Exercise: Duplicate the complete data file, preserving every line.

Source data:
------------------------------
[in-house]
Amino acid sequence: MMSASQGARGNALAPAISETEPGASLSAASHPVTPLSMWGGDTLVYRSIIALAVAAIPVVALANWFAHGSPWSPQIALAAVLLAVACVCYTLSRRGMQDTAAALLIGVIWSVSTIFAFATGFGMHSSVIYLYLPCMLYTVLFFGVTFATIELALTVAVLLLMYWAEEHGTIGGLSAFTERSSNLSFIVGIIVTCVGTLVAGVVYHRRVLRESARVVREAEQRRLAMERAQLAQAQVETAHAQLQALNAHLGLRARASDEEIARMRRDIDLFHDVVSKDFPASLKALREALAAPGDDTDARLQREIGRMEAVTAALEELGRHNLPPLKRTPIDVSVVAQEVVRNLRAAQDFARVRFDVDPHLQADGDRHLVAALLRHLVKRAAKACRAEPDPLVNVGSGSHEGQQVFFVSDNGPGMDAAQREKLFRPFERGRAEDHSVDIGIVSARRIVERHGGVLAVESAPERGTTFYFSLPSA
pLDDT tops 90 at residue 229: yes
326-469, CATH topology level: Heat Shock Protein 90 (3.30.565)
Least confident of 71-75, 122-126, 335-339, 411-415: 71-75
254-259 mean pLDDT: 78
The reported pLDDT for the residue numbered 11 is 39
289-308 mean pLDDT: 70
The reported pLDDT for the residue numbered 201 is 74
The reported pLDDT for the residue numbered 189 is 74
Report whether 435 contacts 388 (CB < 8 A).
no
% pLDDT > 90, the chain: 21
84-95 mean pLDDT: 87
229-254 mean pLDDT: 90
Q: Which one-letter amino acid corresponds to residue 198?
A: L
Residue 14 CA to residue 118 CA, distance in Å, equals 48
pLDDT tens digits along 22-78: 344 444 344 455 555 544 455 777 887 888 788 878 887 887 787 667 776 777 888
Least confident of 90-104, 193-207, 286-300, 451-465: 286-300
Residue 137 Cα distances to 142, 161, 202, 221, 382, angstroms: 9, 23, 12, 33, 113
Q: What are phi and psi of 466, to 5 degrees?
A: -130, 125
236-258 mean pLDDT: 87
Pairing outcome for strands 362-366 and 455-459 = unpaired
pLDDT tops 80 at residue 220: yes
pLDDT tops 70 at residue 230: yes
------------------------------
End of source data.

[in-house]
Amino acid sequence: MMSASQGARGNALAPAISETEPGASLSAASHPVTPLSMWGGDTLVYRSIIALAVAAIPVVALANWFAHGSPWSPQIALAAVLLAVACVCYTLSRRGMQDTAAALLIGVIWSVSTIFAFATGFGMHSSVIYLYLPCMLYTVLFFGVTFATIELALTVAVLLLMYWAEEHGTIGGLSAFTERSSNLSFIVGIIVTCVGTLVAGVVYHRRVLRESARVVREAEQRRLAMERAQLAQAQVETAHAQLQALNAHLGLRARASDEEIARMRRDIDLFHDVVSKDFPASLKALREALAAPGDDTDARLQREIGRMEAVTAALEELGRHNLPPLKRTPIDVSVVAQEVVRNLRAAQDFARVRFDVDPHLQADGDRHLVAALLRHLVKRAAKACRAEPDPLVNVGSGSHEGQQVFFVSDNGPGMDAAQREKLFRPFERGRAEDHSVDIGIVSARRIVERHGGVLAVESAPERGTTFYFSLPSA
pLDDT tops 90 at residue 229: yes
326-469, CATH topology level: Heat Shock Protein 90 (3.30.565)
Least confident of 71-75, 122-126, 335-339, 411-415: 71-75
254-259 mean pLDDT: 78
The reported pLDDT for the residue numbered 11 is 39
289-308 mean pLDDT: 70
The reported pLDDT for the residue numbered 201 is 74
The reported pLDDT for the residue numbered 189 is 74
Report whether 435 contacts 388 (CB < 8 A).
no
% pLDDT > 90, the chain: 21
84-95 mean pLDDT: 87
229-254 mean pLDDT: 90
Q: Which one-letter amino acid corresponds to residue 198?
A: L
Residue 14 CA to residue 118 CA, distance in Å, equals 48
pLDDT tens digits along 22-78: 344 444 344 455 555 544 455 777 887 888 788 878 887 887 787 667 776 777 888
Least confident of 90-104, 193-207, 286-300, 451-465: 286-300
Residue 137 Cα distances to 142, 161, 202, 221, 382, angstroms: 9, 23, 12, 33, 113
Q: What are phi and psi of 466, to 5 degrees?
A: -130, 125
236-258 mean pLDDT: 87
Pairing outcome for strands 362-366 and 455-459 = unpaired
pLDDT tops 80 at residue 220: yes
pLDDT tops 70 at residue 230: yes